In Key Swing States Trump Must Win, Coronavirus is Getting Worse

Swing states President Donald Trump will be hoping to win come November have seen coronavirus cases on the rise, while the president's handling of the pandemic continues to be brought into question.

The COVID-19 outbreak could prove a key factor for voters come the election, with public perception of Trump's handling of the situation hitting an all-time low coinciding with a sustained polling lead for Democratic presidential candidate Joe Biden.

The swing states of Michigan, Wisconsin, Pennsylvania, North Carolina, Florida and Arizona will all be targets for the Trump campaign's reelection efforts, with the president having won them in 2016.

Over recent days, each has seen its situation with COVID-19 worsen.

Florida saw a record number of daily confirmed cases on Wednesday, with 5,508 cases and it again saw more than 5,000 on Thursday. These figures topped a high recorded just days before, when 4,600 new cases were reported on Saturday.

The state's Republican governor, Ron DeSantis, has suggested that Florida is not ready to move to its next phase of reopening due to the spike in cases.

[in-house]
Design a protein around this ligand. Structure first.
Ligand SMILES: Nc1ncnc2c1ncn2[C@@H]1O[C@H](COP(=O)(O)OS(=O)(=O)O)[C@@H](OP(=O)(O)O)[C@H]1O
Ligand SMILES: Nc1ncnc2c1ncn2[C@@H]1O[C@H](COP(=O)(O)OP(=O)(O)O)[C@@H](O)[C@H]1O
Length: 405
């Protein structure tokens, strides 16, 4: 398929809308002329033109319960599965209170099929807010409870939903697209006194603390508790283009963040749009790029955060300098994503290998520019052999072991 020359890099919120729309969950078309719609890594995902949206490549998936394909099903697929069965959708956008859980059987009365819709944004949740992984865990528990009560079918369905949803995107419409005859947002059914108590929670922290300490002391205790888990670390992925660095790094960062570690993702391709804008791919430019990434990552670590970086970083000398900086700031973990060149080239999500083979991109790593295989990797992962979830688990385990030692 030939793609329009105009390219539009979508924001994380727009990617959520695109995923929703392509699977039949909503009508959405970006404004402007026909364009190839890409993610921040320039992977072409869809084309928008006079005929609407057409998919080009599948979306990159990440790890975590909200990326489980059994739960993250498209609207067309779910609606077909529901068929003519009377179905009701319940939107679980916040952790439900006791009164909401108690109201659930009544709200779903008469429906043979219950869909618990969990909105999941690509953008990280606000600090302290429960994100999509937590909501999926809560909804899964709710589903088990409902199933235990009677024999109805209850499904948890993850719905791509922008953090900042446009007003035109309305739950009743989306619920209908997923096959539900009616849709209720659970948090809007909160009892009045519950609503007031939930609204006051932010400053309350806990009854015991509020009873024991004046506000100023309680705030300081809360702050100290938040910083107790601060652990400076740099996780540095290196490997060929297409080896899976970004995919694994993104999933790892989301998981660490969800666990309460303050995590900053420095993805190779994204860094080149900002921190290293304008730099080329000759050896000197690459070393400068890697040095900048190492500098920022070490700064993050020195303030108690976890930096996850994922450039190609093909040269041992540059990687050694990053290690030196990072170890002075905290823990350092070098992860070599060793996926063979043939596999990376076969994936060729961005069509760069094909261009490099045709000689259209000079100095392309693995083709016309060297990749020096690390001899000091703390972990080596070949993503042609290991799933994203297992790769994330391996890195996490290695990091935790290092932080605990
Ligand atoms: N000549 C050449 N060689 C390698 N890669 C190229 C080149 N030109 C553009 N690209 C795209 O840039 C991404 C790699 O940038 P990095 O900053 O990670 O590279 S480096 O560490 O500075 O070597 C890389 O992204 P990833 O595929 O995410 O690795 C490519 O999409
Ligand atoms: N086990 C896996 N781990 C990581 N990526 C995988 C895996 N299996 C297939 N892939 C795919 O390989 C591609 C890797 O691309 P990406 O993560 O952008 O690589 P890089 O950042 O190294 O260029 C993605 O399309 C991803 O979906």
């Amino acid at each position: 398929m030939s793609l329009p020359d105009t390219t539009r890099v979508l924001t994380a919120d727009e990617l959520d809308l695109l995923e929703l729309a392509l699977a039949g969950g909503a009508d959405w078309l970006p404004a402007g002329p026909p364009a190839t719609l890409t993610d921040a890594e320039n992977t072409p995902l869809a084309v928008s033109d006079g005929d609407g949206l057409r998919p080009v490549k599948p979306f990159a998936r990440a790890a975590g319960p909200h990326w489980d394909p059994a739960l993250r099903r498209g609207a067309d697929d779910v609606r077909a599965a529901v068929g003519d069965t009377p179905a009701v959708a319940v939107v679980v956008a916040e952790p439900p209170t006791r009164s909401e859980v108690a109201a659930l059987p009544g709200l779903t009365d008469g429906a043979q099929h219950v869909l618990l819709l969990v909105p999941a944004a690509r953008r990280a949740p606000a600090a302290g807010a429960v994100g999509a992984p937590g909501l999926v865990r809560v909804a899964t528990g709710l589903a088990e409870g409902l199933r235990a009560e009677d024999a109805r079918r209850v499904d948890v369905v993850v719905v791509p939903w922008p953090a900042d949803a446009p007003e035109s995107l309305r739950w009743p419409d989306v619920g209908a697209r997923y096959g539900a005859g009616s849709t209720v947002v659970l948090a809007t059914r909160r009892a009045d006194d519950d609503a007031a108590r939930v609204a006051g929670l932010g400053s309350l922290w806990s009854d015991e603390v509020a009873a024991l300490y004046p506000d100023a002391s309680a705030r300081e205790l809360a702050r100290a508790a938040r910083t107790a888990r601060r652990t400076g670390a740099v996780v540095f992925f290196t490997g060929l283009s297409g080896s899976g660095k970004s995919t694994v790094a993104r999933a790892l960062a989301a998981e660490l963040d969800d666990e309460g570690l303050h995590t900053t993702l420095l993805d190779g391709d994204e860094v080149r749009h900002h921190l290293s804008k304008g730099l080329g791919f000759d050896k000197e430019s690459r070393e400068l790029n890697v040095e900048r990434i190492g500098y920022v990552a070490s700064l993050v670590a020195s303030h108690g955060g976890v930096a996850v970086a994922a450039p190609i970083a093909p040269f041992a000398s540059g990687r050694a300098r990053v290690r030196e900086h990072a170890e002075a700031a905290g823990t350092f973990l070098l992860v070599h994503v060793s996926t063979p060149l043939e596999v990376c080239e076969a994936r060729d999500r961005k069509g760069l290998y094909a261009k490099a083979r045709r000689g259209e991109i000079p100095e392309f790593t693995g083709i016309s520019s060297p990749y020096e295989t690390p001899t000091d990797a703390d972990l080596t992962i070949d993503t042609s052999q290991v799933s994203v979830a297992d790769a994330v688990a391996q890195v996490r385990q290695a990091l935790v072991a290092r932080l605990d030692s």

"We are where we are," he told a news conference in Tampa. "I didn't say we're going to go on to the next phase, you know, we've done a step-by-step approach and it was an approach that's been reflective of the unique situation of each area."

He has also suggested the state's reopening could be playing a part in the increase of cases, though has previously spoke of his desire to continue with lifting measures.

DeSantis previously said: "If you follow guidelines everything works out fine."

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Healthcare workers from University of South Florida (USF) Health administer coronavirus testing at the Lee Davis Community Resource Center on June 25, 2020 in Tampa, Florida. Florida is currently experiencing a surge in COVID-19 cases. Octavio Jones/Getty Images